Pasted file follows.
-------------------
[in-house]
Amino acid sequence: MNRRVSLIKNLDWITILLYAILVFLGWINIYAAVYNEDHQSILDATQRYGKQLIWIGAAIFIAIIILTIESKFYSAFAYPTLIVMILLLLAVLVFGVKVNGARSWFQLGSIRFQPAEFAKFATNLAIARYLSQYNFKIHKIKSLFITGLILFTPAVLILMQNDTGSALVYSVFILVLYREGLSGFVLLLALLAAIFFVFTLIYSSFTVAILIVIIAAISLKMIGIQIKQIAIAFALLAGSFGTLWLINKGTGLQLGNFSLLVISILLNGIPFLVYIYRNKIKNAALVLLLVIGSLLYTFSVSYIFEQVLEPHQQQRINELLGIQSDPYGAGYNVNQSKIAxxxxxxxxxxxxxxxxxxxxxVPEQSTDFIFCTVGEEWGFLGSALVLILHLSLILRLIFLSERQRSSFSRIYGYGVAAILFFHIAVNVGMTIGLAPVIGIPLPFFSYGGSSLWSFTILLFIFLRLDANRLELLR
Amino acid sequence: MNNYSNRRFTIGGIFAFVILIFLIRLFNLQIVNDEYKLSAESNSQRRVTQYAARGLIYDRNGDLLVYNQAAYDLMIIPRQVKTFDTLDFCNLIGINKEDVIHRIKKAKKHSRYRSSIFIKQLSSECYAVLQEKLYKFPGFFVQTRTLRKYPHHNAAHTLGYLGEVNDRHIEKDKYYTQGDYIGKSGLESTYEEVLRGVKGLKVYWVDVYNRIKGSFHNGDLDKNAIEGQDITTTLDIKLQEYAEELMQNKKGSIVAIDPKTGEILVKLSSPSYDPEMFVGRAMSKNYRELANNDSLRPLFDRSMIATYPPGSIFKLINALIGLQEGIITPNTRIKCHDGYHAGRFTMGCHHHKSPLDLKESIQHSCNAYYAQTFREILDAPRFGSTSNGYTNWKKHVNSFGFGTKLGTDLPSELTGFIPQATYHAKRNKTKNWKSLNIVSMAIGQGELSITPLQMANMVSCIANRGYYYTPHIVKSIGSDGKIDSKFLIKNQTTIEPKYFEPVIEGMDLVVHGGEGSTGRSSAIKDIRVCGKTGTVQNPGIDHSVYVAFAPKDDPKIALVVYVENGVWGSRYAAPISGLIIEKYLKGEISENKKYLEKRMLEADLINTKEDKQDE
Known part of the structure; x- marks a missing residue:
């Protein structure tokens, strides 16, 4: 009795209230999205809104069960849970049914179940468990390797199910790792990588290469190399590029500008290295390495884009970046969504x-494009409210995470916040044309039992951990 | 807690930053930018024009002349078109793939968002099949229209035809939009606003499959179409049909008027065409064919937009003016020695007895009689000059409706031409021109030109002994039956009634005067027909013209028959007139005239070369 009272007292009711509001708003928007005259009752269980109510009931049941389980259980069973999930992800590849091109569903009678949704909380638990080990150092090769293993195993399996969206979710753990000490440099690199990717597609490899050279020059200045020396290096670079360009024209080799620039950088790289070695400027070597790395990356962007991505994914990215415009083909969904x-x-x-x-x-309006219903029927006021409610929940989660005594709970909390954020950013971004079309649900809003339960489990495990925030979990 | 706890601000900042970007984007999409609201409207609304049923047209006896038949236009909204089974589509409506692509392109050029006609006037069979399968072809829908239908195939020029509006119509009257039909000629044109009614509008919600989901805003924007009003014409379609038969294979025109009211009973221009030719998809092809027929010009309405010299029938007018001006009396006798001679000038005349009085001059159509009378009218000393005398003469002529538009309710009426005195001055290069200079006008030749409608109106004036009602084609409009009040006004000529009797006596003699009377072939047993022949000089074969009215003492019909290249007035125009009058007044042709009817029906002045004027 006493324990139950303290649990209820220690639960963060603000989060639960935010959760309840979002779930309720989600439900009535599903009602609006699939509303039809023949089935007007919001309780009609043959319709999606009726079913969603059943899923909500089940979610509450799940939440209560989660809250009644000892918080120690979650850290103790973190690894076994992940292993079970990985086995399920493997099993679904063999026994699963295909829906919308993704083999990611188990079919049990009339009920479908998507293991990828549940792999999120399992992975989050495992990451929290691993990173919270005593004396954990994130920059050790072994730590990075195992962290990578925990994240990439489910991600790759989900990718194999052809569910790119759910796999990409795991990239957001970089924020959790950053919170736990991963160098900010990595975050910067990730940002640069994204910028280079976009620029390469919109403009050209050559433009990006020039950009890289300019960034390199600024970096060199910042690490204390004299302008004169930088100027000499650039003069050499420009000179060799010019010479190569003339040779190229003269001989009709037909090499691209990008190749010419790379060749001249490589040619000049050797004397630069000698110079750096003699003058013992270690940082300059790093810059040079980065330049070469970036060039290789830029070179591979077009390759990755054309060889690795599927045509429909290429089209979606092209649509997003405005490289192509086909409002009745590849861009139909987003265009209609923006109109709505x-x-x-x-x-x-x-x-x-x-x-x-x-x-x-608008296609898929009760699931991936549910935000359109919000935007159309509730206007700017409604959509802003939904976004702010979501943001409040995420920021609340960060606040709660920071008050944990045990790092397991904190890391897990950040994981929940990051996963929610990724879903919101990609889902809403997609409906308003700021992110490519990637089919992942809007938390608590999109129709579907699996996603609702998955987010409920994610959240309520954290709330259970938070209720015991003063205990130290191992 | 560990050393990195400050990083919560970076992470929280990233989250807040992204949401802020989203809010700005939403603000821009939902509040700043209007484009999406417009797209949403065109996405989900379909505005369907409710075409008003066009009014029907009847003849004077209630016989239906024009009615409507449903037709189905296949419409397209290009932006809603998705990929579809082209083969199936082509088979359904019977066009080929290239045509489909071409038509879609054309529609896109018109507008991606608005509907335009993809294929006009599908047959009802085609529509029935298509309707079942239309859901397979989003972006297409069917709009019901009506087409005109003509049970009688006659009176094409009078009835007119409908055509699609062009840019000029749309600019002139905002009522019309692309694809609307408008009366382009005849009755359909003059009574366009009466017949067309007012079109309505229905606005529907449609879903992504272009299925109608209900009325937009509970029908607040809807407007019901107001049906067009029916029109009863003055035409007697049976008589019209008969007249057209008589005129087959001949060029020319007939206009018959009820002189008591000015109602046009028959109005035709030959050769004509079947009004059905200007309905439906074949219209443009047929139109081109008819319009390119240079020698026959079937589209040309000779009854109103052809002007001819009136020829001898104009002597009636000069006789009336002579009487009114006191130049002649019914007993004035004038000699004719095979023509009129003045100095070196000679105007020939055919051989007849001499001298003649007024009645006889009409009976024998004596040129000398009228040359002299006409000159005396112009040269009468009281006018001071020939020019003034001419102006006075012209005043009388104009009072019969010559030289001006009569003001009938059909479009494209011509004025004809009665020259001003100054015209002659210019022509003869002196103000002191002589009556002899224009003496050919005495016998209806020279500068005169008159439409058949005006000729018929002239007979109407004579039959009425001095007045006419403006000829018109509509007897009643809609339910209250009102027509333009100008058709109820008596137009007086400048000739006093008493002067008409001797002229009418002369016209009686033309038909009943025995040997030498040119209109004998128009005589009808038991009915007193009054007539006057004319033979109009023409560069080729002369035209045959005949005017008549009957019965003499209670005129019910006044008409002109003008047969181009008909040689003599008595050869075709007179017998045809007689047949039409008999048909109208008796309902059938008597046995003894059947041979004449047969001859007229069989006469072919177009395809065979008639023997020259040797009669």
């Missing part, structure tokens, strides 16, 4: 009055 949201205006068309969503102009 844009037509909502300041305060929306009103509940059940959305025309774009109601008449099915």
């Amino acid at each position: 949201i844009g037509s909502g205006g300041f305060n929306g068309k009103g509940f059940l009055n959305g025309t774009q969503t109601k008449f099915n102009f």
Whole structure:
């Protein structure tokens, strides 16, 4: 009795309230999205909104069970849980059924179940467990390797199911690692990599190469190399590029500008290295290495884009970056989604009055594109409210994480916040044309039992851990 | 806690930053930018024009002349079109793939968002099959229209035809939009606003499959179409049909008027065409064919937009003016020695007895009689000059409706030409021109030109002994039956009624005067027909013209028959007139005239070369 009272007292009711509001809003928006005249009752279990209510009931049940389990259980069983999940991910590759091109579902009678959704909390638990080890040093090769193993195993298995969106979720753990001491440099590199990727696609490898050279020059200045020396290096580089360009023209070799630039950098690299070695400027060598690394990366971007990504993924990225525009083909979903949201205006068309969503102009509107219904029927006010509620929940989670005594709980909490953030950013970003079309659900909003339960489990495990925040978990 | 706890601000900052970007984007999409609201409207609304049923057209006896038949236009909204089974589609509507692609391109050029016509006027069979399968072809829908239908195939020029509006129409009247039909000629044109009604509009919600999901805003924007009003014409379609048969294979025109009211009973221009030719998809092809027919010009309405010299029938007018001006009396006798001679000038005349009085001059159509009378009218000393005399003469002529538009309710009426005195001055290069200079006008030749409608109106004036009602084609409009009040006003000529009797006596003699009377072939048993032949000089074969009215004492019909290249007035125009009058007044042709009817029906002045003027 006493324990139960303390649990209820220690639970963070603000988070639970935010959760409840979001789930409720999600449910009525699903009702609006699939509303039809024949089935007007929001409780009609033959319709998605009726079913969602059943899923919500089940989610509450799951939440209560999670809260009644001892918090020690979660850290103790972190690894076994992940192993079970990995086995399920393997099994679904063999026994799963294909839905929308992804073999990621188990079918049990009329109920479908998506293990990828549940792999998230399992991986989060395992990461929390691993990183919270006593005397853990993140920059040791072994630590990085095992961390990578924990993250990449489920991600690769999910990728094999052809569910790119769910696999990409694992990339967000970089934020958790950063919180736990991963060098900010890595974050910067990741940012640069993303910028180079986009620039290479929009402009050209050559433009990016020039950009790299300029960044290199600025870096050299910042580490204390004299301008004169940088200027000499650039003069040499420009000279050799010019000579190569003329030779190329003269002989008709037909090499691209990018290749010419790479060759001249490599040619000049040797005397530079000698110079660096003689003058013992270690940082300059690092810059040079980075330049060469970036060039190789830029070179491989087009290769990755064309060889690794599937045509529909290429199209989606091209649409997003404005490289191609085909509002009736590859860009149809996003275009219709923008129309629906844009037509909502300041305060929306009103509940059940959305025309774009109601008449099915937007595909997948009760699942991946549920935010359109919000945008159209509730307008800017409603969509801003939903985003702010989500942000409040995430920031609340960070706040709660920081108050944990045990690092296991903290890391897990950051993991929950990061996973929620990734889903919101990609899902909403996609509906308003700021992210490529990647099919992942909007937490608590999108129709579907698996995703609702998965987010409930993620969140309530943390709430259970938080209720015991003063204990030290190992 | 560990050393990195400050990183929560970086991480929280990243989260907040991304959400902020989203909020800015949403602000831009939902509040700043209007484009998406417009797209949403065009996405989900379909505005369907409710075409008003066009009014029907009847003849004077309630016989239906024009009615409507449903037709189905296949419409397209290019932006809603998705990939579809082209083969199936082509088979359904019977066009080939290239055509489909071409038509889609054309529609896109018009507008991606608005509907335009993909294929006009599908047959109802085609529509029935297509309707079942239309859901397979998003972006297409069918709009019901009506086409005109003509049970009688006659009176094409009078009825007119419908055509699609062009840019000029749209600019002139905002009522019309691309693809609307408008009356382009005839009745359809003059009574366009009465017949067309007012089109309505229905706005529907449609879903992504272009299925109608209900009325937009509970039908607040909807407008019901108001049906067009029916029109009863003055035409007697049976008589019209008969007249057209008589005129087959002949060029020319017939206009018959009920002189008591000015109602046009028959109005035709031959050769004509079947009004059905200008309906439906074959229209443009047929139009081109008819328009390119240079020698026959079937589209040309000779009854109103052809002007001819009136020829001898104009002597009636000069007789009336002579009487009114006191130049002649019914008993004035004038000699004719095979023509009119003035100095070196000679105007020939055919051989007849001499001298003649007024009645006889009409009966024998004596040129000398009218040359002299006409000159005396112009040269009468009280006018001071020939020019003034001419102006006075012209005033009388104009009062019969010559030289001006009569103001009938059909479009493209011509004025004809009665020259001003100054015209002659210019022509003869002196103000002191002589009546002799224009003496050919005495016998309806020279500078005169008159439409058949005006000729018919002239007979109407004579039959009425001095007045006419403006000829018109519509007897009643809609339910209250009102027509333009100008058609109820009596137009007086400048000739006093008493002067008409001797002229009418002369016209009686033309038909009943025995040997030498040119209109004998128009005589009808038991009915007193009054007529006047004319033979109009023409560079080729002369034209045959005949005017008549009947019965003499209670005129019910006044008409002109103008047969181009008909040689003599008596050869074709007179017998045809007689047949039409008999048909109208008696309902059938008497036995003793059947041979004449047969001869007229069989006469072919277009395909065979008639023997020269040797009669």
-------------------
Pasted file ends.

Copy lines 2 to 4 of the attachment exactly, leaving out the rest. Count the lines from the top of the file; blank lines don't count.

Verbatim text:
Amino acid sequence: MNRRVSLIKNLDWITILLYAILVFLGWINIYAAVYNEDHQSILDATQRYGKQLIWIGAAIFIAIIILTIESKFYSAFAYPTLIVMILLLLAVLVFGVKVNGARSWFQLGSIRFQPAEFAKFATNLAIARYLSQYNFKIHKIKSLFITGLILFTPAVLILMQNDTGSALVYSVFILVLYREGLSGFVLLLALLAAIFFVFTLIYSSFTVAILIVIIAAISLKMIGIQIKQIAIAFALLAGSFGTLWLINKGTGLQLGNFSLLVISILLNGIPFLVYIYRNKIKNAALVLLLVIGSLLYTFSVSYIFEQVLEPHQQQRINELLGIQSDPYGAGYNVNQSKIAxxxxxxxxxxxxxxxxxxxxxVPEQSTDFIFCTVGEEWGFLGSALVLILHLSLILRLIFLSERQRSSFSRIYGYGVAAILFFHIAVNVGMTIGLAPVIGIPLPFFSYGGSSLWSFTILLFIFLRLDANRLELLR
Amino acid sequence: MNNYSNRRFTIGGIFAFVILIFLIRLFNLQIVNDEYKLSAESNSQRRVTQYAARGLIYDRNGDLLVYNQAAYDLMIIPRQVKTFDTLDFCNLIGINKEDVIHRIKKAKKHSRYRSSIFIKQLSSECYAVLQEKLYKFPGFFVQTRTLRKYPHHNAAHTLGYLGEVNDRHIEKDKYYTQGDYIGKSGLESTYEEVLRGVKGLKVYWVDVYNRIKGSFHNGDLDKNAIEGQDITTTLDIKLQEYAEELMQNKKGSIVAIDPKTGEILVKLSSPSYDPEMFVGRAMSKNYRELANNDSLRPLFDRSMIATYPPGSIFKLINALIGLQEGIITPNTRIKCHDGYHAGRFTMGCHHHKSPLDLKESIQHSCNAYYAQTFREILDAPRFGSTSNGYTNWKKHVNSFGFGTKLGTDLPSELTGFIPQATYHAKRNKTKNWKSLNIVSMAIGQGELSITPLQMANMVSCIANRGYYYTPHIVKSIGSDGKIDSKFLIKNQTTIEPKYFEPVIEGMDLVVHGGEGSTGRSSAIKDIRVCGKTGTVQNPGIDHSVYVAFAPKDDPKIALVVYVENGVWGSRYAAPISGLIIEKYLKGEISENKKYLEKRMLEADLINTKEDKQDE
Known part of the structure; x- marks a missing residue: